Google is lobbying officials in at least three states to stop proposed restrictions on driving with headsets such as Google Glass.» Read More
CHARLESTON, W.Va.— Scrapping to keep a West Virginia Senate seat Democratic in a state that's sprinted to the right, Natalie Tennant is counting on her allegiance to the coal industry to separate herself from an unpopular President Barack Obama. Mary Landrieu is vying for a fourth term representing Louisiana; Alaska Sen.
CHARLESTON, W.Va.— Gas prices in West Virginia went up a nickel a gallon since last week. AAA East Central reports that the average price for a gallon of regular unleaded is $3.66 this week. They range from a low of $3.61 in Morgantown to a high of $3.73 in Martinsburg.
WorkForce West Virginia reported Tuesday that the number of unemployed state residents rose by 1,200 in March to a total of 48,500 statewide. The West Virginia rate is less than the national rate of 6.7 percent. Employment gains in West Virginia were recorded in logging, construction and manufacturing.
The U.S. 6th Circuit Court of Appeals concluded that prosecutors presented enough evidence to back their contention that 53- year-old Christopher Cello Smith of Prestonsburg, Ky., and 58- year-old Michael D. Smith of Cookeville, Tenn., defrauded thousands of investors.
The Cost of Care Survey released Monday by Genworth Financial shows the median hourly cost of home health aide services in West Virginia has increased 3.8 percent annually over the past five years. The median cost of a private nursing room home increased 5 percent annually in West Virginia, compared to about 4.2 percent nationally.
She served as chief of staff to former Treasury Secretary Robert Rubin and as deputy director of the White House budget office during a period in which the federal government saw three consecutive budget surpluses.
HOUSTON— Oilfield services company Baker Hughes Inc. says the number of rigs exploring for oil and natural gas in the U.S. rose by 13 this week to 1,831.. Of the major oil- and gas-producing states, Louisiana gained nine rigs, Texas increased by seven, California gained three and New Mexico increased by one.
COLUMBUS, Ohio— Geologists in Ohio have for the first time linked earthquakes in a geologic formation deep under the Appalachians to hydraulic fracturing, leading the state to issue new permit conditions Friday in certain areas that are among the nation's strictest.
CHARLESTON, W.Va.— Federal officials have approved a funding request by West Virginia Gov. But Federal Emergency Management Agency administrator Craig Fugate refused to consider the event a "major disaster." The spill prompted a water-use ban for days for 300,000 residents in Boone, Cabell, Clay, Jackson, Kanawha, Lincoln, Logan, Putnam and Roane counties.
WASHINGTON— Eleven Senate Democrats, including six who face contested races this year, urged President Barack Obama on Thursday to approve the Keystone XL oil pipeline by the end of May.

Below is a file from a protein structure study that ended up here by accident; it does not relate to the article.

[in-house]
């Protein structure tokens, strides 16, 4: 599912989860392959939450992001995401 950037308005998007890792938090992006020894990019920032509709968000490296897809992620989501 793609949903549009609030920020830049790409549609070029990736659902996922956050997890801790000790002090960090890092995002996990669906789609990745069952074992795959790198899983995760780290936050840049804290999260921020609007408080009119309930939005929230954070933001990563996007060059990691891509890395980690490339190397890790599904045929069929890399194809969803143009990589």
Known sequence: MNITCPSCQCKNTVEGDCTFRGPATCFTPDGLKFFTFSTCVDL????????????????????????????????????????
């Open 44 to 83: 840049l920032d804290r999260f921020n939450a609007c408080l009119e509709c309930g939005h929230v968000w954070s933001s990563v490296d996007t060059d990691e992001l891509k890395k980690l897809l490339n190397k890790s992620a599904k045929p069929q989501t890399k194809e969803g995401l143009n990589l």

CHARLESTON, W.Va.— In two weeks, federal investigators will start carving up chemical tanks for evidence in a spill that tainted 300,000 West Virginians' water supply. The Chemical Safety Board plans to begin removing slices of three Freedom Industries tanks in Charleston on April 24, agency spokeswoman Hillary Cohen said.
Eleven Democratic senators urged Obama to make a final decision on whether to approve TransCanada Corp's Keystone.
Democratic senators on Thursday urged President Barack Obama to make a final decision on whether to approve TransCanada Corp's Keystone XL crude oil pipeline from Canada to the U.S. Gulf Coast no later than May 31.
CHARLESTON, W.Va.— Average gasoline prices in West Virginia are up 1 cent over the past week. AAA East Central says the price of a gallon of regular gas is $3.61. Prices range from $3.58 in Bridgeport and Clarksburg to $3.70 in Martinsburg.
RICHMOND, Va.— James River Coal Co. says it has filed for Chapter 11 bankruptcy protection as part of its efforts to turn around its business. The Richmond, Va.- based company says it faces challenges from the weak economy, environmental regulations and competition from natural gas.
The SUVs were originally sold or registered in 20 states and Washington, D.C., where salt is used to clear snow and ice from roads. The Escapes covered by the recall were built from Oct. 22, 1999 through Dec. 19, 2003 at the Kansas City Assembly plant, and from May 1, 2003 through Jan. 23, 2004 at the Ohio Assembly plant, Ford said in a statement issued Monday.
HOUSTON— Oilfield services company Baker Hughes Inc. says the number of rigs exploring for oil and natural gas in the U.S. rose by nine this week to 1,818.. Louisiana lost six, Alaska fell by three, Kansas lost two and California, Colorado and Wyoming lost one each. Arkansas, North Dakota, Ohio, Utah and West Virginia were unchanged.
ST. LOUIS— The Illinois Department of Natural Resources, often criticized as advocating for the coal industry, announced a series of reforms this week meant to help repair the agency's image and make it more responsive to the public. Last week, The Associated Press reported another official had to repay $7,200 that he overcharged the state for mileage.
The Food and Drug Administration approved the drug last fall and it hit the market last month. Harry Chen both questioned the FDA approval. "So you know, we're just saying' Hey, we understand we don't control the FDA, but we do have some influence in Vermont,'" he said.
MILAN— Curtis Bill Pepper, a long-time foreign correspondent for Newsweek and author of eight books, has died in Italy at the age of 96.. Pepper, known as Bill, was a West Virginia native who came to Italy as a soldier during World War II. He worked for United Press and CBS before becoming Newsweek's Rome bureau chief.